During the 20th century, two urban paradigms emerged: 1) the low-density urban sprawl paradigm (Southern California), and 2) the high-density ground-accessed-skyscrapers (GAS) paradigm (New York, Hong Kong). Throughout the world, people are migrating to "megacities", and a better high-density paradigm is needed. Problems with the GAS paradigm include: 1) transportation congestion particularly at the street level, 2) limited escape routes from skyscrapers as witnessed on 9/11, 3) cramped and noisy living conditions, and 4) waste of energy (GAS) . Realize that 48% of the energy consumed on our planet is used to heat and cool buildings -- more than is consumed in all forms of transportation. Consider the excessive amount of exposed surface area in a cluster of tall slender skyscrapers -- perhaps the least energy efficient configuration imaginable! Visionary arcologists (architect/ecologist) have proposed the hyperstructure paradigm for the 21st century. A hyperstructure is an enormous high-density habitat -- a city within a structure if you will -- characterized by: 1) fully three-dimensional transportation network, 2) efficient pyramidal structural forms, 3) enclosed controllable micro-climates, 4) solar/geothermal/wind energy harvesting mechanisms, 5) water recycling mechanisms, and 6) quiet open spaces. Hyperstructures with up to a million inhabitants have been proposed for Tokyo, Moscow, and Dubai. In Beijing, the remarkable Parkview Green and Linked Hybrid hyperstructures-in-embryo have been recently constructed. Large-scale hyperstructures have only been conceptually proposed. Engineering research is needed to determine if we can really build them, and if the people will come. Structural, transportation, hydrological, geotechnical, and mechanical engineering must be involved as well as architecture and urban psychology. Synergistically designing a city all-at-once is a unique opportunity to simultaneously optimize benefit to people, planet, and profit -- the triple bottom line. Contrast this 21st century process with the sequential, profit-driven evolution of cities in the 20th century. It's time literally think outside the box for both the paradigm and the process of urban design.

Faculty Involved

Dr. Grant Schultz
Dr. Paul Richards
Dr. Rollin Hotchkiss
Dr. Kyle Rollins
Dr. Matt Jones (Mechanical Engineering)

High Performance Buildings

Buildings are designed to resist earthquakes, the way that cars are designed to resist head-on collisions. Engineers rely on ductility and controlled inelastic deformation of certain parts of the structure to protect the lives of the occupants. The controlled inelastic deformation translates to permanent structural damage, so after a severe earthquake most buildings will require repair or replacement. High performance buildings are those that will not require repair or replacements. Analytical research is underway to investigate economical ways to limit permanent inelastic deformations in steel buildings through the use of cantilevered gravity columns and high-yield-drift moment resisting frames.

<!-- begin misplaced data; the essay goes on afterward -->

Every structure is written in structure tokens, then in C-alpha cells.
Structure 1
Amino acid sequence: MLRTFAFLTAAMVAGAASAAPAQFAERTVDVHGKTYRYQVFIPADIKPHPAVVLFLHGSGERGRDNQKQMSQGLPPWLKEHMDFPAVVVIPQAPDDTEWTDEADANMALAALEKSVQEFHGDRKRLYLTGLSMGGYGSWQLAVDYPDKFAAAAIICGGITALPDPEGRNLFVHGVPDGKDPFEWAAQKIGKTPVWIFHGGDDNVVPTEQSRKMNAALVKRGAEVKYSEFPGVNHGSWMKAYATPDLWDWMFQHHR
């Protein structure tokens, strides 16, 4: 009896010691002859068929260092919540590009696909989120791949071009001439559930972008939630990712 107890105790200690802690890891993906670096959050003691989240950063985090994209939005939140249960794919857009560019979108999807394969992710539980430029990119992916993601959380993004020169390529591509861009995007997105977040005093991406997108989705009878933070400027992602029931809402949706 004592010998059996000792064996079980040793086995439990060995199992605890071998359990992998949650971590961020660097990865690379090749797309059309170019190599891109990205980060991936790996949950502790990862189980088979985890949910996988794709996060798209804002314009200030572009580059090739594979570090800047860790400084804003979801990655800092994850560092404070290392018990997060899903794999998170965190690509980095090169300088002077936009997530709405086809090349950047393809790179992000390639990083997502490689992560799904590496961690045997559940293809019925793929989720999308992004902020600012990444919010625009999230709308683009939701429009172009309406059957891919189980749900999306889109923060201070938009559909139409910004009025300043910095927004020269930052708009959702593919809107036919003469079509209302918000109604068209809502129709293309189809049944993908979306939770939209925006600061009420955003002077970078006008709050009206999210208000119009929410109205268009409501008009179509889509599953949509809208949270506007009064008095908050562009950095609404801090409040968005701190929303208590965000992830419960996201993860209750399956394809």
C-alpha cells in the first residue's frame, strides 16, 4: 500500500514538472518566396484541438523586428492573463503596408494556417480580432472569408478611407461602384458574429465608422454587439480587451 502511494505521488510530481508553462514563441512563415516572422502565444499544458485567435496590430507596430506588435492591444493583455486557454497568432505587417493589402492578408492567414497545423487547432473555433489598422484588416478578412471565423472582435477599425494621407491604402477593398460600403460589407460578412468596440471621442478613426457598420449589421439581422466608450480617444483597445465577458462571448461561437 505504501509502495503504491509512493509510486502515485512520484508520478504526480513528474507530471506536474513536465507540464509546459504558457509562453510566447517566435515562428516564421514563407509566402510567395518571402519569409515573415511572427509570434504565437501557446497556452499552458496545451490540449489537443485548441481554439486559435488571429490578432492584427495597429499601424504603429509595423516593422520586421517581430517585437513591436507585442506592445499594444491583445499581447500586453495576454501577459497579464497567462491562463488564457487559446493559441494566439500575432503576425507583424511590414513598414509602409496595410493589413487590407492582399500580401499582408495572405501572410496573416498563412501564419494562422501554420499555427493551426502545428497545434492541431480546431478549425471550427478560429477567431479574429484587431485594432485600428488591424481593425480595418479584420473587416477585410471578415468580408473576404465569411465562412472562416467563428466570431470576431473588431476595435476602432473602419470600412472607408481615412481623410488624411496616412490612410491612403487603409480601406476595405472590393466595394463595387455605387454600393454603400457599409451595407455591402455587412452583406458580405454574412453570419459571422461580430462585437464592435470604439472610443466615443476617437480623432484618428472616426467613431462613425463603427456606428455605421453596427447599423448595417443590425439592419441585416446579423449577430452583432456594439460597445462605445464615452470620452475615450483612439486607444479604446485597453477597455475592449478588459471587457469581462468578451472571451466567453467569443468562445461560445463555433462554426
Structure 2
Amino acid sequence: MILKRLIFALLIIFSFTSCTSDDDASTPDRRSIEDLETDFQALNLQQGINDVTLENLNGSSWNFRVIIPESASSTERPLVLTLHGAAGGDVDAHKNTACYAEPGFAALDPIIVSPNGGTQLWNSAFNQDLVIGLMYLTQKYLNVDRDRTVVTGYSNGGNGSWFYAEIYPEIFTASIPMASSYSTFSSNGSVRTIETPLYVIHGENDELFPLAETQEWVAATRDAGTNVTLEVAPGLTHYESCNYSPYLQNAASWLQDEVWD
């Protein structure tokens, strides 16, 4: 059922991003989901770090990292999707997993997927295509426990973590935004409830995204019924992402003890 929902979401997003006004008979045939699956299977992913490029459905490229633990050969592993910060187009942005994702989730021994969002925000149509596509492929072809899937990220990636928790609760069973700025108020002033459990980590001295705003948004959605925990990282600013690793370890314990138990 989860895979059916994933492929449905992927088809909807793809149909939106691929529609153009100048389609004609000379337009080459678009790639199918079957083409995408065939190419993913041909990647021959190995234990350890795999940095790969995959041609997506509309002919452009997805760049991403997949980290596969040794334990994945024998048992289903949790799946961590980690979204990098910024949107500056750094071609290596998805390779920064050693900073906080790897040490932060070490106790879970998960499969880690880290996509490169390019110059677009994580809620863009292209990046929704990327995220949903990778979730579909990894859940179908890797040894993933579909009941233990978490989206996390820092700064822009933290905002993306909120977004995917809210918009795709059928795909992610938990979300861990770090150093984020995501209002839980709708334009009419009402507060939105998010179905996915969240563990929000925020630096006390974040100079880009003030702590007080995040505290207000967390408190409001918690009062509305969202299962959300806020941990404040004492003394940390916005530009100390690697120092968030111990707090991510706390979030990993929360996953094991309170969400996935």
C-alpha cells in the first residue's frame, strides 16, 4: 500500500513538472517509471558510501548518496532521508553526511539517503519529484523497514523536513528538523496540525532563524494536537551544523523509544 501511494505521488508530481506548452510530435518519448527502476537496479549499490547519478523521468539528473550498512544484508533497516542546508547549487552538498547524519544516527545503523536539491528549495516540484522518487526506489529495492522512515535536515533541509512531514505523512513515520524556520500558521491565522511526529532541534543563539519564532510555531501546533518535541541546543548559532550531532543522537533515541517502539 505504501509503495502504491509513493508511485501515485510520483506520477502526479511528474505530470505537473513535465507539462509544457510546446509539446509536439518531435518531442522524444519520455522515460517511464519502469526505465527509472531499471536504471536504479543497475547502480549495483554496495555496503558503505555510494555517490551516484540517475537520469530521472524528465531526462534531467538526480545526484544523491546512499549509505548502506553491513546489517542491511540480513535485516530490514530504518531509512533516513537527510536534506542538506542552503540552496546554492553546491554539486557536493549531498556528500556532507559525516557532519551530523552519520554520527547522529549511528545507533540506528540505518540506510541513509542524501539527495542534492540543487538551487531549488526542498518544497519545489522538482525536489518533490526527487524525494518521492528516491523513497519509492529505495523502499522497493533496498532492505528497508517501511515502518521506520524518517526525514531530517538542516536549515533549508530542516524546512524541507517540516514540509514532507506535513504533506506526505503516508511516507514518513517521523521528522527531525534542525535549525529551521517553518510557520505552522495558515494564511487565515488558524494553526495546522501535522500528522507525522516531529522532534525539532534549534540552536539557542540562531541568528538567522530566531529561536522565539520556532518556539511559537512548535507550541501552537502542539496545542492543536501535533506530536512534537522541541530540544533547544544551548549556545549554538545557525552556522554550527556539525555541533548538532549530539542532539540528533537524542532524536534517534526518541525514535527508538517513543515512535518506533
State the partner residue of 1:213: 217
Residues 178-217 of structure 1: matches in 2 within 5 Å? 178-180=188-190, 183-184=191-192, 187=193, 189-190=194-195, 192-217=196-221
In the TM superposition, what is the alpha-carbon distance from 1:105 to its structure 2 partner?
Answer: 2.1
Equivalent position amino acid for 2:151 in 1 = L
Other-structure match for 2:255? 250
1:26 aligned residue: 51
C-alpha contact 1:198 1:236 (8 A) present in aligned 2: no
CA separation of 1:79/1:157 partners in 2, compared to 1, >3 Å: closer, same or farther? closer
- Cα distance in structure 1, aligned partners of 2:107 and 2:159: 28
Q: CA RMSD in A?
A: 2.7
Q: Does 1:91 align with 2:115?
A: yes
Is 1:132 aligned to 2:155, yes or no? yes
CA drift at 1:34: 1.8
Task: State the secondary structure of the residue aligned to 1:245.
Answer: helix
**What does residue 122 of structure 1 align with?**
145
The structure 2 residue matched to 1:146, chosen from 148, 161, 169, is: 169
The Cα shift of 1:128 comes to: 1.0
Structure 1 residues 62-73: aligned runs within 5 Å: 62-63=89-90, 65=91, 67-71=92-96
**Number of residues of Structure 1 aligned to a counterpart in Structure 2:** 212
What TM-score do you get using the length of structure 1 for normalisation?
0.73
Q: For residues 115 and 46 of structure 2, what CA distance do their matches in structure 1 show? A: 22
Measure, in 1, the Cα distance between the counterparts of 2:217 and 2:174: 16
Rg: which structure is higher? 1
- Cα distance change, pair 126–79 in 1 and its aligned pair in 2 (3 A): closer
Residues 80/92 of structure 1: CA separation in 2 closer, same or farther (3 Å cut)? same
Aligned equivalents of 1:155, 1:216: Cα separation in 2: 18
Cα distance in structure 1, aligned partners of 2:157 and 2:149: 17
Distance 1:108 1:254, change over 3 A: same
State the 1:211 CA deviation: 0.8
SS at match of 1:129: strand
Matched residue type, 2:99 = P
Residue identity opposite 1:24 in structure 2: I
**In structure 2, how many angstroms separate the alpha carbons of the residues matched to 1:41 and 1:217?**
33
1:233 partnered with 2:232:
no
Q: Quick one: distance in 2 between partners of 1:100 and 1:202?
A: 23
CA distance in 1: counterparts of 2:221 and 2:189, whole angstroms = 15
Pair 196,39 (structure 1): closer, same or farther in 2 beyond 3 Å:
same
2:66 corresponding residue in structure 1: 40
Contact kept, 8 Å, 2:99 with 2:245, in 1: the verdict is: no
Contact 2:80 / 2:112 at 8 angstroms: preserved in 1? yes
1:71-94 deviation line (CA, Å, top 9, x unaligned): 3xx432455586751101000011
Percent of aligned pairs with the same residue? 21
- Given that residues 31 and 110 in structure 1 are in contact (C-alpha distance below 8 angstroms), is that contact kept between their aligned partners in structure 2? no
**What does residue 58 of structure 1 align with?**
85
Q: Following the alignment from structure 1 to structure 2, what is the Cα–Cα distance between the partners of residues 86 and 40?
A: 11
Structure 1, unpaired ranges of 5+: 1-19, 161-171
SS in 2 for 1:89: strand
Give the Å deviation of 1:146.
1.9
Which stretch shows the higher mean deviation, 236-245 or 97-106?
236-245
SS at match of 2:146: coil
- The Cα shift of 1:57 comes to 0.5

Faculty Involved

Dr. Paul Richards


UAV Infrastructure Monitoring

America’s infrastructure, specifically dams and levees, are aging and rapidly deteriorating. In 2009 the American Society of Civil Engineers assigned grades of D and D- to Dams and levees in a generalized assessment of America’s infrastructure. This leaves river cities, freshwater supplies, and inland waterways vulnerable, and in affect leaves all of us vulnerable as we all depend on these structures. Current methods of infrastructure monitoring and surveillance are both laborious and expensive causing us to take more of a passive “fix what breaks” stance when what we need, as the grades mentioned above indicate, is a proactive stance in monitoring our infrastructure. With recent technology being developed that allows a person to take 2D images and build a 3D point cloud model, and then analyze the model for possible weaknesses and irregularities in the structure we can make this surveillance more effective. The image capture and surveillance can be performed by utilizing recent advances in autonomous aerial and ground robots allowing for cheaper more efficient monitoring and management of these important structures. This will allow for a greater number of dams and levees to be systematically and routinely monitored, monitoring the structure more efficiently and quickly, and to be able to operate at a lower cost.

Faculty Involved

Dr. Kevin Franke
Dr. Hedengren (Chem. Eng.)
Dr. Mclane (Magicc Lab)

Student Involved

Colter Lund